I put the reins between my ring finger and pinky, like normal, and then back through my 'claw' fingers. they were strong enough and soft enough to be successful. The biggest downfall is that now, a few years post surgery, I still tend to ride around with my right thumb straight up, not touching the rest of my hand even with my reins in the right place

                    Sorry this is so long, but don't be discouraged. They say that it's opposable thumbs that seperate us from a large portion of the animal community, isn't it?! good luck!

                    Comment


                    • #11
                      Hmmm, right now I'm almost 7 weeks post surgery and 8 weeks post injury from a severe laceration of the right (dominant) thumb that severed my [deep breath] dorsal sensory nerve, ulnar nerve, volar plate ligament, ulnar collateral ligament and FPL tendon. In horse terms, i severed my deep flexor tendon, suspensory ligament, collateral ligament and nerved myself for good measure.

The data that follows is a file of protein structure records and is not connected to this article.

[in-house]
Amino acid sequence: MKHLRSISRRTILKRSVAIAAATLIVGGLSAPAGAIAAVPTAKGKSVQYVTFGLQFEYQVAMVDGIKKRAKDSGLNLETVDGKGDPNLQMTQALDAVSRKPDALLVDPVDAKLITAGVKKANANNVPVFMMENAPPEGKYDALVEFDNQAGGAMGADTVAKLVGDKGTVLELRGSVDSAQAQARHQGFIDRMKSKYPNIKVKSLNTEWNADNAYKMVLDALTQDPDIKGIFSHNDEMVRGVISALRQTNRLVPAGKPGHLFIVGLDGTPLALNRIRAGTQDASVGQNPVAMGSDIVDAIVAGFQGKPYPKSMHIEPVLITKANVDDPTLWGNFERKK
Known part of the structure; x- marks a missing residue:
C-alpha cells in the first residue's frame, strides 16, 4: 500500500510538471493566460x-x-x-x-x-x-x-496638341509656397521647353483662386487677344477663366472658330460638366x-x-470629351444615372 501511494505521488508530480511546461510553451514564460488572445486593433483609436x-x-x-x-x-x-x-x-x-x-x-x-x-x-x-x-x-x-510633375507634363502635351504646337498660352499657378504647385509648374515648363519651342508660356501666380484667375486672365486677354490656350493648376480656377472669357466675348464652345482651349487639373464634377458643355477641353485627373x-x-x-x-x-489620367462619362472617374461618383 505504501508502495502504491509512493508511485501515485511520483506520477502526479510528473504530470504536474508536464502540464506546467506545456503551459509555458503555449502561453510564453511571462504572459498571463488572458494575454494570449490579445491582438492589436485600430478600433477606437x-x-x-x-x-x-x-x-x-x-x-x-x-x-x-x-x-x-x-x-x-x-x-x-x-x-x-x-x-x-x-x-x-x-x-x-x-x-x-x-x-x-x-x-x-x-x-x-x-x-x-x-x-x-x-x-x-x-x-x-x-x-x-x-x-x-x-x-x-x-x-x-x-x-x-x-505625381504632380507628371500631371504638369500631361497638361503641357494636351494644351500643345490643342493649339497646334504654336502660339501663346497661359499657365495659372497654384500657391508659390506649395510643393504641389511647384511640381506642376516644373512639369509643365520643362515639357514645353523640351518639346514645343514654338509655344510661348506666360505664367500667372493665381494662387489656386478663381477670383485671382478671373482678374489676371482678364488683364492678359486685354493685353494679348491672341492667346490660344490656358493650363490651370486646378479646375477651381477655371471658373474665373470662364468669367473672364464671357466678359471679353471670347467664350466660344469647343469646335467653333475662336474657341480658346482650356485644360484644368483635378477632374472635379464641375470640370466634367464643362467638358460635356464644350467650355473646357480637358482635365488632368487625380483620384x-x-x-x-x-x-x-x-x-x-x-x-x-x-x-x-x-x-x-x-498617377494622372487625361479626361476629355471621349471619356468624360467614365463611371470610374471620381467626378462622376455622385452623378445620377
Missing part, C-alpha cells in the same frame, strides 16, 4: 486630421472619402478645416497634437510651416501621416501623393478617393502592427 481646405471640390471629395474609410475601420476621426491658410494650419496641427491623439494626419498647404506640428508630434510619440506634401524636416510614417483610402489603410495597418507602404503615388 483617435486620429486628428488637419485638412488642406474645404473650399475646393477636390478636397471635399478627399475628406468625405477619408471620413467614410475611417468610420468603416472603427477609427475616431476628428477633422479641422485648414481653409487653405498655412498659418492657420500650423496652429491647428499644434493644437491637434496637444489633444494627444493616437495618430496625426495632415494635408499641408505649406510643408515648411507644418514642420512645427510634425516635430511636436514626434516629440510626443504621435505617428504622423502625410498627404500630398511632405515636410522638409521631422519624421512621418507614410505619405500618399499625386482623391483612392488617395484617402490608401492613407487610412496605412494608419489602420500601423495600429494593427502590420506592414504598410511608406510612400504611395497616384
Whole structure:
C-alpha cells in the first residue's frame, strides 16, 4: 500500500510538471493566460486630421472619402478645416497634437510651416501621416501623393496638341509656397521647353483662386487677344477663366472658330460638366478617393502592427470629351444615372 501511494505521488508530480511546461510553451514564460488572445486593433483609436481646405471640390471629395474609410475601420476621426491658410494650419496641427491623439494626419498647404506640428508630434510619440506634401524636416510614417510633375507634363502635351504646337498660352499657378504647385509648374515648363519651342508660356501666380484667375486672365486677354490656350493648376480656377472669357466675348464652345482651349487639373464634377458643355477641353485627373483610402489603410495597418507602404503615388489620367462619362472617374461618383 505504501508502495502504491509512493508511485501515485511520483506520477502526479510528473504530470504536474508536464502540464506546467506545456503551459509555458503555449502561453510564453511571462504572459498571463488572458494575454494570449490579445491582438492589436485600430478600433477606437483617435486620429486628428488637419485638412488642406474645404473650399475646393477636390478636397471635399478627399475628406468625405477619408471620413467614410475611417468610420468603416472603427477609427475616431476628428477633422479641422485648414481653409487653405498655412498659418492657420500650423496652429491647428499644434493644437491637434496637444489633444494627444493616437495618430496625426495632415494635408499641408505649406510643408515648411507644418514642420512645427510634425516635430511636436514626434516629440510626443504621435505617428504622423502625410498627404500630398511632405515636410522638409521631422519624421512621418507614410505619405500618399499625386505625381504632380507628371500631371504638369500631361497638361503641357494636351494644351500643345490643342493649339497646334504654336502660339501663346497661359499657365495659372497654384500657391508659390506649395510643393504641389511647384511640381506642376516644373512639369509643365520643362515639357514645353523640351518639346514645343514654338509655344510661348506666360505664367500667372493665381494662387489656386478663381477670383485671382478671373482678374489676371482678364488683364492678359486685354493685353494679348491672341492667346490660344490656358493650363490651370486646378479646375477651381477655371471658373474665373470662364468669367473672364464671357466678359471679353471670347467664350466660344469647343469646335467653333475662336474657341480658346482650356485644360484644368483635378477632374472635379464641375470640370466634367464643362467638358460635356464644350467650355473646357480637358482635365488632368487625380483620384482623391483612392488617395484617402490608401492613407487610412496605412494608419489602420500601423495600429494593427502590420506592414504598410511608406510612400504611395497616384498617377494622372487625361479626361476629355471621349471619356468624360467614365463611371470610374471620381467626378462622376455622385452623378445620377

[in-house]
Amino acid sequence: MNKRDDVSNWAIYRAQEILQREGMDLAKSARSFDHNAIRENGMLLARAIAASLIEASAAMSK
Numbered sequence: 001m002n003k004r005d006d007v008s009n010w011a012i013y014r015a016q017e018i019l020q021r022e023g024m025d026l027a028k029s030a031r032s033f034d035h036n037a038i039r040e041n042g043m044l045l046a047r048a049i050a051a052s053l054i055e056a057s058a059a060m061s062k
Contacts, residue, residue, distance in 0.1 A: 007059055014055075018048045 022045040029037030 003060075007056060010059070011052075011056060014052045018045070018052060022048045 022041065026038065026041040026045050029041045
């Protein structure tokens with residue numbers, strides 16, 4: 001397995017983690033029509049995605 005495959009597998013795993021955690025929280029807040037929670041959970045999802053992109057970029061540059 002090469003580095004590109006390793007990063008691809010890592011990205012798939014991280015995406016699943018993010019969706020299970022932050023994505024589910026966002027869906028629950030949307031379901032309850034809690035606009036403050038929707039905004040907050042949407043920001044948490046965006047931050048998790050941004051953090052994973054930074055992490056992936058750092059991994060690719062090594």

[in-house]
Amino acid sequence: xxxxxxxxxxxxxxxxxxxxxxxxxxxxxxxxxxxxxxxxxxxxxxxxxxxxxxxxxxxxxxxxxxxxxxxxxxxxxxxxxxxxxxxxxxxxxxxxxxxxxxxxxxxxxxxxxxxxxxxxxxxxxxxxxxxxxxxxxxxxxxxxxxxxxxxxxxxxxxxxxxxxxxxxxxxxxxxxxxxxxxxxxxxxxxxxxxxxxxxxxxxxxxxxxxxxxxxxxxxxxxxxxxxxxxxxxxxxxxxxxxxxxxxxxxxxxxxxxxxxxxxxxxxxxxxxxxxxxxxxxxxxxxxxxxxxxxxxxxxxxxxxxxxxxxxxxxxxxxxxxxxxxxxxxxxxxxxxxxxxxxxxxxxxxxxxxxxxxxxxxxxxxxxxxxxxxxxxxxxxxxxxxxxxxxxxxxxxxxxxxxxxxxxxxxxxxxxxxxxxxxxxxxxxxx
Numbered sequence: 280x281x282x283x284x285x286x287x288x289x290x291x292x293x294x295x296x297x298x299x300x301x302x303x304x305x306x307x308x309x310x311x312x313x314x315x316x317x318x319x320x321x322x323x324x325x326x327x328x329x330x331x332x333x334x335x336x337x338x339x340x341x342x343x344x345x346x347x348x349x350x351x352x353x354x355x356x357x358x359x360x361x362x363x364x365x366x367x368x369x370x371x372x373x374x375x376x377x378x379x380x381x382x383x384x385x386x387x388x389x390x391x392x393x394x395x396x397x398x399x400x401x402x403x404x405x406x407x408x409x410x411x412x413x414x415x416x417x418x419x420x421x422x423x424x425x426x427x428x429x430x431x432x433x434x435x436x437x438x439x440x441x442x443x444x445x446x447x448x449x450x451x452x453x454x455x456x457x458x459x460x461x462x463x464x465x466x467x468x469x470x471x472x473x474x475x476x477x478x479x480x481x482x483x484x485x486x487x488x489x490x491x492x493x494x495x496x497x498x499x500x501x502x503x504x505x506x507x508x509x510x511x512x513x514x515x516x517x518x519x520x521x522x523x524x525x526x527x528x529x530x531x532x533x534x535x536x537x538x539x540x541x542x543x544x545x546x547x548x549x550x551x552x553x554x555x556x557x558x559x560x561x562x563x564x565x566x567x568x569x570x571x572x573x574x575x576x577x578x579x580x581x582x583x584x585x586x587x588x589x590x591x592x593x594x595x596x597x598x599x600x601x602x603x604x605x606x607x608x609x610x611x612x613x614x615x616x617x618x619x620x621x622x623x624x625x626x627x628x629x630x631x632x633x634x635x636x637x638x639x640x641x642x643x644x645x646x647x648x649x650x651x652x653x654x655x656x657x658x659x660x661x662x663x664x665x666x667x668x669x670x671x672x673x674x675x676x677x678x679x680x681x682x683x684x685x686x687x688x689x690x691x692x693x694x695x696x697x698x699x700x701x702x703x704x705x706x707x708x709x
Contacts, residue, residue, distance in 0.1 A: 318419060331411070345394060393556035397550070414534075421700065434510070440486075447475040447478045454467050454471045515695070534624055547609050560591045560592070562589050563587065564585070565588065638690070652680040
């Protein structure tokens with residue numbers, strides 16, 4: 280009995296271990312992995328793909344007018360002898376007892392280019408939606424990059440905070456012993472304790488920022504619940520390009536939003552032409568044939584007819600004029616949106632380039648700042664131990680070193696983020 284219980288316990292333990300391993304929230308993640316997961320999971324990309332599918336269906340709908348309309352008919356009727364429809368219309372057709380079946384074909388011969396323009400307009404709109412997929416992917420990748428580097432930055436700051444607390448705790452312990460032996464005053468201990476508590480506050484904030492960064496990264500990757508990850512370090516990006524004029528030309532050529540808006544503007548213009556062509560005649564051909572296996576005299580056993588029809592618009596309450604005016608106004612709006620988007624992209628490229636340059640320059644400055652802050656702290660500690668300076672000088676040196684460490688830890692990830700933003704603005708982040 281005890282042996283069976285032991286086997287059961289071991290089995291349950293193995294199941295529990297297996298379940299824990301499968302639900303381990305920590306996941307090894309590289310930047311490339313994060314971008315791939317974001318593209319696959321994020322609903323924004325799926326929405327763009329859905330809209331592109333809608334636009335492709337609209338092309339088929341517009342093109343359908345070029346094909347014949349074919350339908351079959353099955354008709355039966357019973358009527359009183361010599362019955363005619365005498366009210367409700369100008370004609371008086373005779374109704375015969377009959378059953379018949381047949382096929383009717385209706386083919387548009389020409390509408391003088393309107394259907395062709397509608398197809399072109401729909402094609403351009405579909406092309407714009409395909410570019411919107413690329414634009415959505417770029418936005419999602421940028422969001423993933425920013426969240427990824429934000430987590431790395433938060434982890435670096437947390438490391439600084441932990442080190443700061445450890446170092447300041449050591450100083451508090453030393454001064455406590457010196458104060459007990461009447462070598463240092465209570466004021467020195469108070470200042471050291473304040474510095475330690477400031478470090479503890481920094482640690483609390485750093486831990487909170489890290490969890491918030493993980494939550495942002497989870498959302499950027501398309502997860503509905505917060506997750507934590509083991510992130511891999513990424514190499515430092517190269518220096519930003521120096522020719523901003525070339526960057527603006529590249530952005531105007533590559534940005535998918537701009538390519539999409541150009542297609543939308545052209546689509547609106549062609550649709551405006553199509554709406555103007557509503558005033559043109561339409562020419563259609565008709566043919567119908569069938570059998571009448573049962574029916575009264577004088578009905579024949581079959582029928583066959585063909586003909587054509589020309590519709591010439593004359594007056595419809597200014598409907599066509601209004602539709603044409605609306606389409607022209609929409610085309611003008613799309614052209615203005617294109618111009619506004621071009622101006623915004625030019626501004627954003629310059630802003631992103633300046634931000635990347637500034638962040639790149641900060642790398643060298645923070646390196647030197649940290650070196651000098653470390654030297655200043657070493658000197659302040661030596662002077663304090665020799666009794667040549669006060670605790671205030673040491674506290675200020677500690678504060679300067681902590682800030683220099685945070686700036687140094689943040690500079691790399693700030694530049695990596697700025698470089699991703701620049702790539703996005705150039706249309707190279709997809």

PS - carrying a lead crystal vase w/a small crack in it to the trash is a bad idea. really sucks when that vase falls ... thru ... your hand. Really. Sucks.